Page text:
June 19, 2024

Between freedom and oppression - Polizei.news

Between freedom and oppression – Polizei.news

On March 26th, Bangladesh celebrates 50 years of its independence. Brother Abraham, a partner in Open Doors, Bangladesh, is pleased with the freedom of his nation. At the same time, he notes how religious persecution has increased recently.

“We look forward to celebrating 50 years of independence from Pakistan soon,” says Brother Abraham (name changed), partner of Open Doors in Bangladesh. We have previously gone through a period of bloody conflict with Pakistan. “

But the eventful history as part of India has also been stressful. Many of these problems were eliminated through the state. Brother Abraham recalls: “I was born after the independence of Bangladesh.” He spoke of a historical event that Muslims, Hindus, and Christians are now celebrating. “We are proud of the way our country has developed so far.”

On the anniversary, the focus is now on historical monuments – even more than a “regular” anniversary – and the people who have dedicated their lives to this country are honored. “It is a special year. Sheikh Mujib Al-Rahman, the father of our nation, was born 101 years ago.” And the centenary was on March 17th, 2020 so Bangladesh celebrates two major festivals within one year. The Bangladeshis, known as East Pakistan 50 years ago, were not free. “Today we are a free people.”

The pressure awaits the converts

Bangladesh is the fourth largest Muslim country, only Indonesia, India and Pakistan have more people converting to Islam. “Of our population of 165 million, 90 percent are Muslims, and Christians are a small minority of less than one percent.” Christians who have grown up in Christian families face no major problems. Therefore, there are individual politicians at different levels who belong to a Christian family. Brother Ibrahim notes: “It becomes difficult for a Muslim to change his beliefs – persecution begins immediately.” Such a person becomes a minority within a minority.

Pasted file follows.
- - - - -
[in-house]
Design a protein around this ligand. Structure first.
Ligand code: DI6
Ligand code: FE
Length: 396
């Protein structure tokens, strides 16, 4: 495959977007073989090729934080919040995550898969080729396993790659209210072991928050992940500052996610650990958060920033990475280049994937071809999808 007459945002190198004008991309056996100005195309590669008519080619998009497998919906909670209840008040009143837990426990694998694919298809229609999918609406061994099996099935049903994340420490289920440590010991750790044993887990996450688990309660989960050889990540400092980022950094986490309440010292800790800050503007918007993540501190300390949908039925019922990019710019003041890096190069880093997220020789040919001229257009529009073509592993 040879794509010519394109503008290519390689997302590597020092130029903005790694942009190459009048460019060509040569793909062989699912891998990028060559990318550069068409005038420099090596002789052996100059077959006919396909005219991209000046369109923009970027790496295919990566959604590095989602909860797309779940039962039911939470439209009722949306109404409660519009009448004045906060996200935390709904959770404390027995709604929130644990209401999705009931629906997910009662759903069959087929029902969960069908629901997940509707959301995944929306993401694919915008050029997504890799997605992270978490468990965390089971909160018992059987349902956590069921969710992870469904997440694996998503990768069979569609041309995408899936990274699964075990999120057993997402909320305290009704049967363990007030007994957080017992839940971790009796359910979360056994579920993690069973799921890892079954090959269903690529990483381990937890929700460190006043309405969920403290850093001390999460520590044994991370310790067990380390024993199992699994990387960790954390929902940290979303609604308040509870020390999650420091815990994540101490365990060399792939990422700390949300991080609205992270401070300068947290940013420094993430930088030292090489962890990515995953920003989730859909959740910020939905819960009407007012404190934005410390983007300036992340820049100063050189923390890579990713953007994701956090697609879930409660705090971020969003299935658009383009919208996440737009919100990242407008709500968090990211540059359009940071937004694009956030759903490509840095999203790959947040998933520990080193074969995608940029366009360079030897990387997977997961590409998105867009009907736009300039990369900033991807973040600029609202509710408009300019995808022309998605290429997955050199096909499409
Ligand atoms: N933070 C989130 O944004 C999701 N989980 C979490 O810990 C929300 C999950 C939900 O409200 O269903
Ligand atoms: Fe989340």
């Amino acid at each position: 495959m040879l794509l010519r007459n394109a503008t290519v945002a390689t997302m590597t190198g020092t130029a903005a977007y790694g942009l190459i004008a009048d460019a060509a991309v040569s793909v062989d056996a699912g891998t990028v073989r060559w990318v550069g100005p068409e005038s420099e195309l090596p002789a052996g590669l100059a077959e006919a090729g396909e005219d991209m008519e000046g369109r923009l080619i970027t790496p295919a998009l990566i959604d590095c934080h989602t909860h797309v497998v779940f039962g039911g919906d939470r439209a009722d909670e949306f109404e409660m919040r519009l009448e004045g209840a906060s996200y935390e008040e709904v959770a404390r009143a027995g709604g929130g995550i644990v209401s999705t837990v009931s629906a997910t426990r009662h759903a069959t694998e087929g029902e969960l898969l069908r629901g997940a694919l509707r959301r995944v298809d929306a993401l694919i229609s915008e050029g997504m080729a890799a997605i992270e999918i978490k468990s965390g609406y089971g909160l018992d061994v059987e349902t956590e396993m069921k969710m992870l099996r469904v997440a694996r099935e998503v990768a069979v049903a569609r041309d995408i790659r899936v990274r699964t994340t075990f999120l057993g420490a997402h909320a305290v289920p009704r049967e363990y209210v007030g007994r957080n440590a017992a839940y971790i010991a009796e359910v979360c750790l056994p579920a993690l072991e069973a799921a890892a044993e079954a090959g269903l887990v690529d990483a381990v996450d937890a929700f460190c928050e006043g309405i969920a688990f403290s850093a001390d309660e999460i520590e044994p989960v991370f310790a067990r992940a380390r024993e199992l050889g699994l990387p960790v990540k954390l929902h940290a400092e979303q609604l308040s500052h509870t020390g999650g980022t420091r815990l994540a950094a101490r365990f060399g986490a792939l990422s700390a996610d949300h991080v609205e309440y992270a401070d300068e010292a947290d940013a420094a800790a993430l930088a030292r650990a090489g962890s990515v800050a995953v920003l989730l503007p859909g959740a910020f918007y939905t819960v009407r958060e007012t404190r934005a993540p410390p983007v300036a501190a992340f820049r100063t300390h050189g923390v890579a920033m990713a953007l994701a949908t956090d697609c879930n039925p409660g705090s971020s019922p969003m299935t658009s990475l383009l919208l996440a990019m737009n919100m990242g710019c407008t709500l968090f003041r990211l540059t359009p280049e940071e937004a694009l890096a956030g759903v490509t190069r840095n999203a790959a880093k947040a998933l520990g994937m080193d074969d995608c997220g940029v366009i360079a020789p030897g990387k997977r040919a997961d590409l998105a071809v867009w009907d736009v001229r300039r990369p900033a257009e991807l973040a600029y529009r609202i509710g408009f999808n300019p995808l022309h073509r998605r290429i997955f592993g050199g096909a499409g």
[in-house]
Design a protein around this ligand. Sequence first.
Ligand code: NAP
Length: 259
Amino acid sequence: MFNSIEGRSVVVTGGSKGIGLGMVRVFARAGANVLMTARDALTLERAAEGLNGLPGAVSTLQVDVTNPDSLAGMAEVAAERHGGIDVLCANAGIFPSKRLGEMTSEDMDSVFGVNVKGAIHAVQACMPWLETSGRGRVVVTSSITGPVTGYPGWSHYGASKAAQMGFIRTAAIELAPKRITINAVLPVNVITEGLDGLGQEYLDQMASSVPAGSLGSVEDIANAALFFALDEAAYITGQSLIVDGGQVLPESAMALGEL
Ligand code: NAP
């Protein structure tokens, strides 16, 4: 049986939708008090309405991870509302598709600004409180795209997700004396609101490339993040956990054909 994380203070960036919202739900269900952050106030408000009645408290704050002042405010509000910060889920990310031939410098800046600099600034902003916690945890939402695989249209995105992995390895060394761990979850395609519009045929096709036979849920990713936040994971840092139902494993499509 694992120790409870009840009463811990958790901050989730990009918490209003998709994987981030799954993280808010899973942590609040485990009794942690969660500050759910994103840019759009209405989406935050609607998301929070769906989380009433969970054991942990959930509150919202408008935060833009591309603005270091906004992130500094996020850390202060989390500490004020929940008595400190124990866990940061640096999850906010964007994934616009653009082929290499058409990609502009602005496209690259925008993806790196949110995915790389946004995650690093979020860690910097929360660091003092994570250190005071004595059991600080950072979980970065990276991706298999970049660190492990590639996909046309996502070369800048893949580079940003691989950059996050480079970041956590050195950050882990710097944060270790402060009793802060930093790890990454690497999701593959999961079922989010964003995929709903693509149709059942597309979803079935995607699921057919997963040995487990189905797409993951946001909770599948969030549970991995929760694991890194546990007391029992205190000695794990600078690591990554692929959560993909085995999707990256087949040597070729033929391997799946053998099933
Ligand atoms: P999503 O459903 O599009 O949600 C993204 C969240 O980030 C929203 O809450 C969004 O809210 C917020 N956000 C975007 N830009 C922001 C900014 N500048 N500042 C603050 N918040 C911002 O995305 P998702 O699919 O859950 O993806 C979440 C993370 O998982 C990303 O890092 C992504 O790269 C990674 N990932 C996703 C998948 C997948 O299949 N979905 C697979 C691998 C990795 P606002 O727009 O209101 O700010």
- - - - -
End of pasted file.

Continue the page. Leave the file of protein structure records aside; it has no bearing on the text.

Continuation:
Threats and attacks often come from the family, the community, or the mob once the change of faith becomes known. “Those who live below the poverty line are especially at risk.” If someone becomes a Christian, they may lose their job. If he does not work, then he has neither income nor food. Some converts no longer sell anything, or if they have their own small business, nothing will be purchased from them. “

Organized attacks

Groups from the capital, Dhaka, are now moving to target transgender people. Brother Ibrahim demonstrates a new trend: “They are trying to return them to Islam.” “If they do not agree, they are threatened, for example, by breaking their legs, kidnapping their children, doing something with the woman or killing them.” These groups also confiscate Bibles and Christian literature during these “visits.” Men will be especially threatened. “If they lose their jobs, the whole family does not have food, and because of hunger, some return to the Islamic faith.” Sometimes the police intervene, “but when they are gone, the crackdown starts again.”

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The situation worsened

On the Global Tracking Index, Bangladesh rose from 38th to 31st place with mounting pressure recently. “Among other things, threatening videos are being uploaded on social media. It is not the Islamists from outside, but the local groups that feel encouraged to return the” apostates “and make sure that they do not convert to others.” Brother Abraham is concerned that Western embassies such as the European Union, Great Britain, Germany, the United States or Switzerland are stirring up the situation. Bangladesh is officially secular, but the persecution is clearly visible. Western embassies have the opportunity and influence to defend freedom. “

Quelle: Open Doors Schweiz
Address: Lumenite – shutterstock.com